ARTICLE
26 April 2024

Paying Criminal Whistleblowers: DOJ Announces A Program To Pay For Tips, And The SFO Is Considering Doing So Too

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Pallas Partners

Contributor

Pallas Partners
In the past two weeks, the U.S. Department of Justice (DOJ) and the U.K. Serious Fraud Office (SFO) each made announcements about paying financial bounties to whistleblowers.
UK Criminal Law
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In the past two weeks, the U.S. Department of Justice (DOJ) and the U.K. Serious Fraud Office (SFO) each made announcements about paying financial bounties to whistleblowers. On March 7, 2024, U.S. Deputy Attorney General Lisa Monaco announced a new DOJ whistleblower program that will compensate individual whistleblowers for reporting corporate or financial misconduct previously unknown to DOJ. This announcement followed a February 13, 2024 speech by SFO Director Nick Ephgrave, who said that he supported the idea of paying whistleblowers.

DOJ's New Whistleblower Program

Speaking at the American Bar Association's 39th National Institute on White Collar Crime, Deputy Attorney General Monaco announced that over the next 90 days, DOJ will develop and implement a whistleblower reward program. She explained, "The premise is simple: if an individual helps DOJ discover significant corporate or financial misconduct — otherwise unknown to us — then the individual could qualify to receive a portion of the resulting forfeiture."

The Deputy Attorney General said that the program will have "some basic guardrails": DOJ will offer payments (a) "[o]nly after all victims have been properly compensated"; (b) "[o]nly to those who submit truthful information not already known to the government"; (c) "[o]nly to those not involved in the criminal activity itself"; and (d) "only in cases where there isn't an existing financial disclosure incentive — including qui tam or another federal whistleblower program."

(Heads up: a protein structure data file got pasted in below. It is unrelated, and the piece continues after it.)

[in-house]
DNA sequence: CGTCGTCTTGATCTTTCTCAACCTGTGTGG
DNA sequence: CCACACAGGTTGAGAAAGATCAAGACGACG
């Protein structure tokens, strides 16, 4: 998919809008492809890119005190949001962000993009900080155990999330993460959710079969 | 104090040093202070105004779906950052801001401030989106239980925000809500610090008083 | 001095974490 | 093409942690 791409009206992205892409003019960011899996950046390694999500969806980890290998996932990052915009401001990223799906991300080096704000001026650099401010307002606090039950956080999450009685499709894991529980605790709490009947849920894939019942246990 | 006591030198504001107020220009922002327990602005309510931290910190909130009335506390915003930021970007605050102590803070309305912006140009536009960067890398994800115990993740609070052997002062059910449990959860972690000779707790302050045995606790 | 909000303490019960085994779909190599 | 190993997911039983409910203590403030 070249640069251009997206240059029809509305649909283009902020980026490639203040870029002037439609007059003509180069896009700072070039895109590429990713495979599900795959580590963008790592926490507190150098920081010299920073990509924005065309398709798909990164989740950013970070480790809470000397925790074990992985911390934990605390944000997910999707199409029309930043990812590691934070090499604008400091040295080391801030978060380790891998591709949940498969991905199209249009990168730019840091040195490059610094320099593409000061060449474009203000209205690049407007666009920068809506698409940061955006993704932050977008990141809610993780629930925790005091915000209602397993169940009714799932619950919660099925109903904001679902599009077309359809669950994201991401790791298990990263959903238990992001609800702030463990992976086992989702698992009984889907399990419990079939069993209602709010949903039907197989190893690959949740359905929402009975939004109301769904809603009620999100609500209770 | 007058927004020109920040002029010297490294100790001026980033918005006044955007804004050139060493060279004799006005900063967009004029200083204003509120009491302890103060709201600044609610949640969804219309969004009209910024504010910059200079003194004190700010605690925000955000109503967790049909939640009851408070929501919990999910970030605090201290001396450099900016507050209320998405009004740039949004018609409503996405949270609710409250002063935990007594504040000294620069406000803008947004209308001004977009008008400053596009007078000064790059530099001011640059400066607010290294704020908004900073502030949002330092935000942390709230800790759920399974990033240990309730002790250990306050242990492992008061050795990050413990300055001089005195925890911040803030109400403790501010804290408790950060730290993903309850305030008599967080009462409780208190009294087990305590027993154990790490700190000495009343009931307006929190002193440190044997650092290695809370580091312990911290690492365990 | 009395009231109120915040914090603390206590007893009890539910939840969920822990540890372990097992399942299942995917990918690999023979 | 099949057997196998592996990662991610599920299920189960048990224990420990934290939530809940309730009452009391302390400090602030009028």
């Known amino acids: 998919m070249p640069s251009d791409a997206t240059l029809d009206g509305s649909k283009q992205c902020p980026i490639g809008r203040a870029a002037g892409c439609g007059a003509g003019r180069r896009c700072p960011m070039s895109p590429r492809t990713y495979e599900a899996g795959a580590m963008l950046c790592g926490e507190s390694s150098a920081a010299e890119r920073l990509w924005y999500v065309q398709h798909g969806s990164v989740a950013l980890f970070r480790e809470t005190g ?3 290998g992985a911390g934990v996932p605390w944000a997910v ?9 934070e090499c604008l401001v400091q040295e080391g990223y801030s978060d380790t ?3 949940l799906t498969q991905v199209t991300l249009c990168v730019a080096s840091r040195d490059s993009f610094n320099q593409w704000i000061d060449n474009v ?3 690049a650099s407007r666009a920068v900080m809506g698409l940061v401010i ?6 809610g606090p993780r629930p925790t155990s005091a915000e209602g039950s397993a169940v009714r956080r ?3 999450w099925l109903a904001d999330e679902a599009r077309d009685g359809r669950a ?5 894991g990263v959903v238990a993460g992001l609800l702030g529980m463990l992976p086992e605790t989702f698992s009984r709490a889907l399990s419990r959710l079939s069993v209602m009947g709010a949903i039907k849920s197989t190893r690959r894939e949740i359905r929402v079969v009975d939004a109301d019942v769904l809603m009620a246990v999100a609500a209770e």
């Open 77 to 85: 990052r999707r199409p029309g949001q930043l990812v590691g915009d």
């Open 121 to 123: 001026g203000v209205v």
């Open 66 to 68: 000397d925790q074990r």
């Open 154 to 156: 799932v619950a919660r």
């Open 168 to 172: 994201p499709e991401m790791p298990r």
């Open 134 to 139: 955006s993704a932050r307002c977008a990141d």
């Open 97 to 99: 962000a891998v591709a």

The Deputy Attorney General noted that the program will "create new incentives for individuals to report misconduct to the Department" and "drive companies to invest further in their own internal compliance and reporting systems." She said that DOJ is "especially interested in information about: (a) "[c]riminal abuses of the U.S. financial system"; (b) "[f]oreign corruption cases outside the jurisdiction of the SEC, including FCPA violations by non-issuers and violations of the recently enacted Foreign Extortion Prevention Act"; and (c) "[d]omestic corruption cases, especially involving illegal corporate payments to government officials."

Acting Assistant Attorney General for the Criminal Division, Nicole Argentieri, spoke further about the program on March 8, 2024. She said that DOJ's Money Laundering and Asset Recovery Section (MLARS), together with the Criminal Division, "will be at the forefront" of designing and launching the new program, including because DOJ's statutory authority for paying financial bounties is tied to DOJ's forfeiture authority. She explained that the program is intended to "fill gaps" in the whistleblower programs operated by the SEC, the CFTC, and FinCen. As would be expected, DOJ "will only provide rewards to whistleblowers who submit original, non-public, truthful information not already known to the department, and only when that information is provided voluntarily and not in response to any government inquiry, preexisting reporting obligation, or imminent threat of disclosure." And like the SEC and the CFTC, DOJ expects to set a monetary threshold for enforcement actions that make a whistleblower eligible for an award.